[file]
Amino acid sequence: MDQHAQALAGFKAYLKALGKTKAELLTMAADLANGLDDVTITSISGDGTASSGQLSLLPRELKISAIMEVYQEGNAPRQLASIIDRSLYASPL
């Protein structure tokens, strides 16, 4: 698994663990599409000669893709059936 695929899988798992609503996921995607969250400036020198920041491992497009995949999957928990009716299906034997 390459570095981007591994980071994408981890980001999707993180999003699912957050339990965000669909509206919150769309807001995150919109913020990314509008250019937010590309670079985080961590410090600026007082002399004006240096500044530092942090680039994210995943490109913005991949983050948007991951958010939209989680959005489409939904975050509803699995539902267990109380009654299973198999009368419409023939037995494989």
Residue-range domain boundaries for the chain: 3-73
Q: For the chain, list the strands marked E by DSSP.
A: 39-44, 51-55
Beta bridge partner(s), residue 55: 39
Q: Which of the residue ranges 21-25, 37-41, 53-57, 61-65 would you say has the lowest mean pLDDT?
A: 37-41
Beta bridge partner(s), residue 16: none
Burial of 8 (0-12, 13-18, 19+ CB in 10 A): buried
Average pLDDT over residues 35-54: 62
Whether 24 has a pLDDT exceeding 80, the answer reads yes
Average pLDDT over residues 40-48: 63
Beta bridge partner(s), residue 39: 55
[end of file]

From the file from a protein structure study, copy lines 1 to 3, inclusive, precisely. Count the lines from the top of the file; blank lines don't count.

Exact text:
Amino acid sequence: MDQHAQALAGFKAYLKALGKTKAELLTMAADLANGLDDVTITSISGDGTASSGQLSLLPRELKISAIMEVYQEGNAPRQLASIIDRSLYASPL
């Protein structure tokens, strides 16, 4: 698994663990599409000669893709059936 695929899988798992609503996921995607969250400036020198920041491992497009995949999957928990009716299906034997 390459570095981007591994980071994408981890980001999707993180999003699912957050339990965000669909509206919150769309807001995150919109913020990314509008250019937010590309670079985080961590410090600026007082002399004006240096500044530092942090680039994210995943490109913005991949983050948007991951958010939209989680959005489409939904975050509803699995539902267990109380009654299973198999009368419409023939037995494989």
Residue-range domain boundaries for the chain: 3-73